U.S. Senate says no to Biden’s student debt relief plan for Americans
U.S. & World

U.S. Senate says no to Biden’s student debt relief plan for Americans

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The U.S. Senate rejected President Joe Biden’s student debt relief plan for Americans in a 52-46 vote yesterday.

Biden has pledged to veto the Senate’s vote, according to NPR. The House voted 218-203 last week.

Biden’s plan, which has been tied up in courts for months, would cancel up to $20,000 in federal student loan debt for millions of Americans. By early July, a Supreme Court ruling is anticipated that could block the plan.

But yesterday’s action by the Senate reveals a symbolic show of congressional disapproval just as Congress and the president reach a deal on the nation’s debt ceiling.

Student loan repayment, paused during the health emergency declared during the COVID-19 pandemic, will resume in late August 2023 for 43 million borrowers. Federal student loans will again begin accruing interest on August 29.

The future of Biden’s plan for student loan debt relief is up to the Supreme Court now.

Last August, Biden announced his plans to cancel up to $20,000 in student loan debt for anyone who received a Pell Grant to attend college and up to $10,000 for federal borrowers. Individuals must earn an income less than $125,000 per year to be eligible.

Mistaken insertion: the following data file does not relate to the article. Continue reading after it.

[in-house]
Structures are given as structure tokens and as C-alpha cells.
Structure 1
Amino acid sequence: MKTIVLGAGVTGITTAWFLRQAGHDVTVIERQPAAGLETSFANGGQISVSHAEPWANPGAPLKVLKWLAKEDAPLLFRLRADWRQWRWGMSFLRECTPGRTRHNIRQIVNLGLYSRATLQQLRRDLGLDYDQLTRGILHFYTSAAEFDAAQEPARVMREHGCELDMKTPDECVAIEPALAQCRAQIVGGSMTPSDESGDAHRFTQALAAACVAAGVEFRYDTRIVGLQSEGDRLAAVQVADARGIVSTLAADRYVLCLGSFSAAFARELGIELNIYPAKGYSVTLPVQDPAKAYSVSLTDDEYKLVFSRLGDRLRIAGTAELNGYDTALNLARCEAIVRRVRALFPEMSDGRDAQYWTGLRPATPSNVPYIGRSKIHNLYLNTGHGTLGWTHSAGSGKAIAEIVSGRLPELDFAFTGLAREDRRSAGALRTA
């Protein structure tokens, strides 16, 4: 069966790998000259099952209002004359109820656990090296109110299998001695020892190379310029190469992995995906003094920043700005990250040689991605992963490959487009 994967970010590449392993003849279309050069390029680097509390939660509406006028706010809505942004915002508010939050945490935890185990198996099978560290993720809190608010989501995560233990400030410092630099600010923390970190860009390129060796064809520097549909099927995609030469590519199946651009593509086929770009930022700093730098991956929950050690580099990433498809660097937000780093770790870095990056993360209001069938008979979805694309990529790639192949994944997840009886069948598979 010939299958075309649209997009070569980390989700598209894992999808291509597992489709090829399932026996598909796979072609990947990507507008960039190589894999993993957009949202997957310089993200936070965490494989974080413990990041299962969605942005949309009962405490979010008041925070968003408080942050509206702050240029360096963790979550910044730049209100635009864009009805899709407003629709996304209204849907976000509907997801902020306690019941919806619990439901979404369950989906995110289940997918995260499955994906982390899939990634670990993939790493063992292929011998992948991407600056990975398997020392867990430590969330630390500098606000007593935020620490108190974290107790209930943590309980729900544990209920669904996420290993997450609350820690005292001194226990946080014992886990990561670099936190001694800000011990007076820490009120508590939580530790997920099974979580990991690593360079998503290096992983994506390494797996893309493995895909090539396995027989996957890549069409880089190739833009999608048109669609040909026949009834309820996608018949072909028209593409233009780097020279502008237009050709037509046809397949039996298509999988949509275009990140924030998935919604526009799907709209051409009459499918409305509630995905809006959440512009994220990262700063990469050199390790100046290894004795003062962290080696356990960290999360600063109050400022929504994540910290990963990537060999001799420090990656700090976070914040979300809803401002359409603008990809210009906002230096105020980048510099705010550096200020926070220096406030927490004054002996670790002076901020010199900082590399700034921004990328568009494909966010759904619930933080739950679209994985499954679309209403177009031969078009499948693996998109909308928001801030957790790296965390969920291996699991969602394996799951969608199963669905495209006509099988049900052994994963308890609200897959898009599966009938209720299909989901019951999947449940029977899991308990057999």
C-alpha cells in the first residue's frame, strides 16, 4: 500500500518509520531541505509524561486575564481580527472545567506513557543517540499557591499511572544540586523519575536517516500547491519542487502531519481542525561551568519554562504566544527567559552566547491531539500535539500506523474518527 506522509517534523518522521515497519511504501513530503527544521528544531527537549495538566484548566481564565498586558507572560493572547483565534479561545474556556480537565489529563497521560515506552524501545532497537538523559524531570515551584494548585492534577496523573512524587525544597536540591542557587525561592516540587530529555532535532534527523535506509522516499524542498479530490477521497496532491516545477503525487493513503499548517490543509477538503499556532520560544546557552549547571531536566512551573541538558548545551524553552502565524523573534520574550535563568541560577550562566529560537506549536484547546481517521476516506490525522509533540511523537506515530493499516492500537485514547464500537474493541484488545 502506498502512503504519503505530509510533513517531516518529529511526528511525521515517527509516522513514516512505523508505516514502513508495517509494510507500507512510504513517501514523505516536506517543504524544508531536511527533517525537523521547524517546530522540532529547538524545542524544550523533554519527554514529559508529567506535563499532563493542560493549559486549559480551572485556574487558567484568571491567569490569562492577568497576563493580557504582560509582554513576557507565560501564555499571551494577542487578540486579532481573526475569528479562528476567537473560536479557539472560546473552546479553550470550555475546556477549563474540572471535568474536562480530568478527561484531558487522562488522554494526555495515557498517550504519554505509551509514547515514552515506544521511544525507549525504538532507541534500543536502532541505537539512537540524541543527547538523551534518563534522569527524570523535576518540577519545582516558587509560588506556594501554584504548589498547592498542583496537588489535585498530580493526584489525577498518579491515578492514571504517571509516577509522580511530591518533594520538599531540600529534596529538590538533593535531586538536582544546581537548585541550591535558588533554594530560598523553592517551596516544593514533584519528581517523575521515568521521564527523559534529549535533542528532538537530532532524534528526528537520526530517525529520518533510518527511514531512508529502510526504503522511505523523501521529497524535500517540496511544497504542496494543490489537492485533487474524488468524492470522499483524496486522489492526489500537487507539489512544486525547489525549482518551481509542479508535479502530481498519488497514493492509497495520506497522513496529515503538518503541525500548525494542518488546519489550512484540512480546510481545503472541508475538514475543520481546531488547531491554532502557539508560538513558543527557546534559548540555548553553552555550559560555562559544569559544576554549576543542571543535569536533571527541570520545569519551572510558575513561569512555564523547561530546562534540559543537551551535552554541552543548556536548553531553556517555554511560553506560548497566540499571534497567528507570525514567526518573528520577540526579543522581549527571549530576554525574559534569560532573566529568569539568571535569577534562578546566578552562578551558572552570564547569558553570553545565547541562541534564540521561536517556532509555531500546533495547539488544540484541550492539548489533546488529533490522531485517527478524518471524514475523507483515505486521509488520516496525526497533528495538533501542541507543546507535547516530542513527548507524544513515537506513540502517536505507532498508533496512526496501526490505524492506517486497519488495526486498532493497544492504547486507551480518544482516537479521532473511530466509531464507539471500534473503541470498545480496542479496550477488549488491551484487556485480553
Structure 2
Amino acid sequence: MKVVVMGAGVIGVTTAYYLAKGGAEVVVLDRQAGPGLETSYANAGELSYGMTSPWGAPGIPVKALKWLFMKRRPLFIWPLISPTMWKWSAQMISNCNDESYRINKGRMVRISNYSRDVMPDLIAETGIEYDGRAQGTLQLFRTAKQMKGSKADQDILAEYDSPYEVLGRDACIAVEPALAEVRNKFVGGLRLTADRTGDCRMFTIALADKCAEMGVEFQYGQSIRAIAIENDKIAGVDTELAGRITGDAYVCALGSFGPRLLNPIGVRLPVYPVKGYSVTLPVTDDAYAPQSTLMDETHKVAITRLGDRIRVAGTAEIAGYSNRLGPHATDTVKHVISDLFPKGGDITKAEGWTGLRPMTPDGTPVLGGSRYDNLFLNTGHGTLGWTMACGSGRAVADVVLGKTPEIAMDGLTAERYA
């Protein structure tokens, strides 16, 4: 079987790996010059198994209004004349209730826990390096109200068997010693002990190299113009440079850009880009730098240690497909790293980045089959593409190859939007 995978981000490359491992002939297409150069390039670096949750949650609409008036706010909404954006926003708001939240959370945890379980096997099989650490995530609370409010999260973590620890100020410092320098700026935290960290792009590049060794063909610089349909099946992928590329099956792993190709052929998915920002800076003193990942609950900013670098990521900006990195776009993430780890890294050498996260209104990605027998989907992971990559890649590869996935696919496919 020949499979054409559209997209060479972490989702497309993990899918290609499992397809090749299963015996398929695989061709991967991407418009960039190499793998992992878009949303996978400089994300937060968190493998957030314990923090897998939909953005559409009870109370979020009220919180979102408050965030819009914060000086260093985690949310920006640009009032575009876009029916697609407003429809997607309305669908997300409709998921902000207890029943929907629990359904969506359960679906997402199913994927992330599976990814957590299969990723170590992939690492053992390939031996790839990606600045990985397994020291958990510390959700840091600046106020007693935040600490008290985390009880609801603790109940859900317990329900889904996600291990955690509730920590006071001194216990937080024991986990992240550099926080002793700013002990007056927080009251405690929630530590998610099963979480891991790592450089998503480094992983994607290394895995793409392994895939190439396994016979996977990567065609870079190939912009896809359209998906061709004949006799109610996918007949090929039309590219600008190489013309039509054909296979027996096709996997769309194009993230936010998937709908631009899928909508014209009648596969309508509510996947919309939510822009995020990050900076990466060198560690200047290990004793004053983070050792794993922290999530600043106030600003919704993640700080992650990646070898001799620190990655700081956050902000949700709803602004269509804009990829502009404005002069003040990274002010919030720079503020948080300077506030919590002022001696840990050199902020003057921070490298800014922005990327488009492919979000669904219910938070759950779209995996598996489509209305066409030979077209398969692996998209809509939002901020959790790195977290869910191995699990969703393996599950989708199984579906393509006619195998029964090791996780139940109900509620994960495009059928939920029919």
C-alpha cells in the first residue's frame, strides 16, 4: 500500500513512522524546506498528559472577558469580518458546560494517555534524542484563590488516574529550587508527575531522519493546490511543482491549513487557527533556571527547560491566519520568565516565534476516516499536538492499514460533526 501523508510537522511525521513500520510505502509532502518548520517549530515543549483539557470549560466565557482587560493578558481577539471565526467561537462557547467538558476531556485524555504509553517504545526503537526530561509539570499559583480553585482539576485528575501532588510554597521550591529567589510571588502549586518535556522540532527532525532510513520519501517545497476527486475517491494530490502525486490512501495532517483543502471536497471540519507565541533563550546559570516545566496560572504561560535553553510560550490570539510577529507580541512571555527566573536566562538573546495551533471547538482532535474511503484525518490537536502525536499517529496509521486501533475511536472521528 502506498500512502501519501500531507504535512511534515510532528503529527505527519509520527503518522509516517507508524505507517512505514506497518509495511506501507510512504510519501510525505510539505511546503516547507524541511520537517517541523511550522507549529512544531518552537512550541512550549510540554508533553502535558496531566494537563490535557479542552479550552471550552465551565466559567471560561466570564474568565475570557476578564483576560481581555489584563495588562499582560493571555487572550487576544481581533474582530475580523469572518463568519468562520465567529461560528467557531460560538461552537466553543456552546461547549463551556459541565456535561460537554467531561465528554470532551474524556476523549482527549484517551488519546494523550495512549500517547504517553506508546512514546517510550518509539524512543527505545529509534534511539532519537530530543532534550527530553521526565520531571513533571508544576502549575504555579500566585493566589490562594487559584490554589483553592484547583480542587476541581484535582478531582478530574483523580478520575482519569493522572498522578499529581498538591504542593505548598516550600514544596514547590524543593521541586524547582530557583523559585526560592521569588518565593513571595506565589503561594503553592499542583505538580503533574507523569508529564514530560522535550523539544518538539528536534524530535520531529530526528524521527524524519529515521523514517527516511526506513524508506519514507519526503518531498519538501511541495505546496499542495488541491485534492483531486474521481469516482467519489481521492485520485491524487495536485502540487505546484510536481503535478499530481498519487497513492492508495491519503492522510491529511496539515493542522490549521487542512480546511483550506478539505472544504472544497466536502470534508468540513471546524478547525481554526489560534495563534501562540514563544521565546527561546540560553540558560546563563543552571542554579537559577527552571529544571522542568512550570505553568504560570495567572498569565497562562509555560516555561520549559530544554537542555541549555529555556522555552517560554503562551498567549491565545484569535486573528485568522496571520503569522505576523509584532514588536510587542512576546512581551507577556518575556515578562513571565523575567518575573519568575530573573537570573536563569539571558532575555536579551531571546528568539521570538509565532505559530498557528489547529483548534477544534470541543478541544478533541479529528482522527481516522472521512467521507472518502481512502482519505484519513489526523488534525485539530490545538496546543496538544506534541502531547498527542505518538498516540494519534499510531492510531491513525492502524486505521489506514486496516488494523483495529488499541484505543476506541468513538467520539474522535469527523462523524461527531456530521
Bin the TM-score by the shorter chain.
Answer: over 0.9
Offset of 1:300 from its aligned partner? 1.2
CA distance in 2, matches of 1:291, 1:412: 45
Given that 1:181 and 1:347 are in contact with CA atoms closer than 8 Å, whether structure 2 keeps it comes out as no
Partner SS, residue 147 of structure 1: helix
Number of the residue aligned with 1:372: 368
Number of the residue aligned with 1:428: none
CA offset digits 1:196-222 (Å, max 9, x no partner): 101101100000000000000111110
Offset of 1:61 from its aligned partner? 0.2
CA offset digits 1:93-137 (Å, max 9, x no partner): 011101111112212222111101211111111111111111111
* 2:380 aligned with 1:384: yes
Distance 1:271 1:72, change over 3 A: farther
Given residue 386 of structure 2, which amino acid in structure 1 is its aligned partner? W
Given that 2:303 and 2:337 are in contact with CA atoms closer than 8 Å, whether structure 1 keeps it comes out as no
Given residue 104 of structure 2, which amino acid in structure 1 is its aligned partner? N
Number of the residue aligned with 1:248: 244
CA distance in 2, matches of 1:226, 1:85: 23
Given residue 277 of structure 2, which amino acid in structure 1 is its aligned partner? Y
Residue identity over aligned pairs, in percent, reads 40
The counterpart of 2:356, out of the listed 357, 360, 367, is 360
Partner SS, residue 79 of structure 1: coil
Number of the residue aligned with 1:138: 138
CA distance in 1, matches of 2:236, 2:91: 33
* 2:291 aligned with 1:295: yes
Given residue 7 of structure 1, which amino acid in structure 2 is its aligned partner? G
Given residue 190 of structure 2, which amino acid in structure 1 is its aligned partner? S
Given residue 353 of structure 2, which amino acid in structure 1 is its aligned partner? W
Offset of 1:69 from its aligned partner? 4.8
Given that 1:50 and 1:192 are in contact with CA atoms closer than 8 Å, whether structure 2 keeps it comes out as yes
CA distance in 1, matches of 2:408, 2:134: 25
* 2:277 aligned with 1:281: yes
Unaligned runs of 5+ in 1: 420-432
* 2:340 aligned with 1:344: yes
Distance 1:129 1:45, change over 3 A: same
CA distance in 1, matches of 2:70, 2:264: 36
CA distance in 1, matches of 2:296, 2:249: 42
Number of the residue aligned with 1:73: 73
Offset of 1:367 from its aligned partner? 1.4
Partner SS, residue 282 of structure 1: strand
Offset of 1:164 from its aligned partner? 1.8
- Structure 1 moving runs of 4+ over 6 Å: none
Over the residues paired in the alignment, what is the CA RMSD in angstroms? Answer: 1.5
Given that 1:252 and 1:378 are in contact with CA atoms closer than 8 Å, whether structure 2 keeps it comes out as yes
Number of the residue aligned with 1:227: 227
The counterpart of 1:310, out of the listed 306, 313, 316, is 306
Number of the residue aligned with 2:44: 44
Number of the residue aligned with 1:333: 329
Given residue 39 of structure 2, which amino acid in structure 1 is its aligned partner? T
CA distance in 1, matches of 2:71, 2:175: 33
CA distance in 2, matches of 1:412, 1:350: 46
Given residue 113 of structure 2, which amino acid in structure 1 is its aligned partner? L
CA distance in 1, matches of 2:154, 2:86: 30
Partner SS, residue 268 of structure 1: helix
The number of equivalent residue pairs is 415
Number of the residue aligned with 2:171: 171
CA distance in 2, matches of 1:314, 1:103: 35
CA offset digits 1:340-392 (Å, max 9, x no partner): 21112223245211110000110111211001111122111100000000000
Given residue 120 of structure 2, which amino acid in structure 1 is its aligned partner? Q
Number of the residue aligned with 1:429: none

Conservative states brought a lawsuit against Biden’s plan by saying he overstepped his executive powers, but the president says his plan falls under the HEROES Act, a 2003 law that gives the U.S. Department of Education the power to forgive student loan debt during a national emergency.

Rebecca Barnabi

Rebecca Barnabi

Rebecca J. Barnabi is the national editor of Augusta Free Press. A graduate of the University of Mary Washington, she began her journalism career at The Fredericksburg Free-Lance Star. In 2013, she was awarded first place for feature writing in the Maryland, Delaware, District of Columbia Awards Program, and was honored by the Virginia School Boards Association’s 2019 Media Honor Roll Program for her coverage of Waynesboro Schools. Her background in newspapers includes writing about features, local government, education and the arts.